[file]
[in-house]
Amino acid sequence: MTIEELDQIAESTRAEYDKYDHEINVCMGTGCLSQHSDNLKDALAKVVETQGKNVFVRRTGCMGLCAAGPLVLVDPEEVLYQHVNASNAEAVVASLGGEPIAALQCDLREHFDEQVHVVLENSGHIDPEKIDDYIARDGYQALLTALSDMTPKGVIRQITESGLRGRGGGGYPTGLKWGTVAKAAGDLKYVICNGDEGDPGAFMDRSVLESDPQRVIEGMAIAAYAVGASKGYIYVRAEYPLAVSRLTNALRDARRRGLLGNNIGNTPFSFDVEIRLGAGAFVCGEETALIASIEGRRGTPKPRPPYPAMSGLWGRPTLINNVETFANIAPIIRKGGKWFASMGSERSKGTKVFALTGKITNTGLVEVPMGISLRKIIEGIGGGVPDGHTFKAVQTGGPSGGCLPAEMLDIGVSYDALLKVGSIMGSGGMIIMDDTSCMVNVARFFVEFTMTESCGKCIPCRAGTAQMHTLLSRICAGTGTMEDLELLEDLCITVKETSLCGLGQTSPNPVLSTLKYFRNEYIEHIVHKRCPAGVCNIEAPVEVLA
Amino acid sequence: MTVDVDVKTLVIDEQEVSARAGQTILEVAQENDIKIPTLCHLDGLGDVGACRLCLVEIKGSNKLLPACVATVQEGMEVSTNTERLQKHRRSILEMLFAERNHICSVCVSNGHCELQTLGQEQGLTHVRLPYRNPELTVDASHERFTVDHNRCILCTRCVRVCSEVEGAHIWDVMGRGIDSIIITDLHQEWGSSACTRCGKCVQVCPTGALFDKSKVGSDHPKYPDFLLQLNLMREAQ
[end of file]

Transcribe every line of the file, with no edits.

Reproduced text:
[in-house]
Amino acid sequence: MTIEELDQIAESTRAEYDKYDHEINVCMGTGCLSQHSDNLKDALAKVVETQGKNVFVRRTGCMGLCAAGPLVLVDPEEVLYQHVNASNAEAVVASLGGEPIAALQCDLREHFDEQVHVVLENSGHIDPEKIDDYIARDGYQALLTALSDMTPKGVIRQITESGLRGRGGGGYPTGLKWGTVAKAAGDLKYVICNGDEGDPGAFMDRSVLESDPQRVIEGMAIAAYAVGASKGYIYVRAEYPLAVSRLTNALRDARRRGLLGNNIGNTPFSFDVEIRLGAGAFVCGEETALIASIEGRRGTPKPRPPYPAMSGLWGRPTLINNVETFANIAPIIRKGGKWFASMGSERSKGTKVFALTGKITNTGLVEVPMGISLRKIIEGIGGGVPDGHTFKAVQTGGPSGGCLPAEMLDIGVSYDALLKVGSIMGSGGMIIMDDTSCMVNVARFFVEFTMTESCGKCIPCRAGTAQMHTLLSRICAGTGTMEDLELLEDLCITVKETSLCGLGQTSPNPVLSTLKYFRNEYIEHIVHKRCPAGVCNIEAPVEVLA
Amino acid sequence: MTVDVDVKTLVIDEQEVSARAGQTILEVAQENDIKIPTLCHLDGLGDVGACRLCLVEIKGSNKLLPACVATVQEGMEVSTNTERLQKHRRSILEMLFAERNHICSVCVSNGHCELQTLGQEQGLTHVRLPYRNPELTVDASHERFTVDHNRCILCTRCVRVCSEVEGAHIWDVMGRGIDSIIITDLHQEWGSSACTRCGKCVQVCPTGALFDKSKVGSDHPKYPDFLLQLNLMREAQ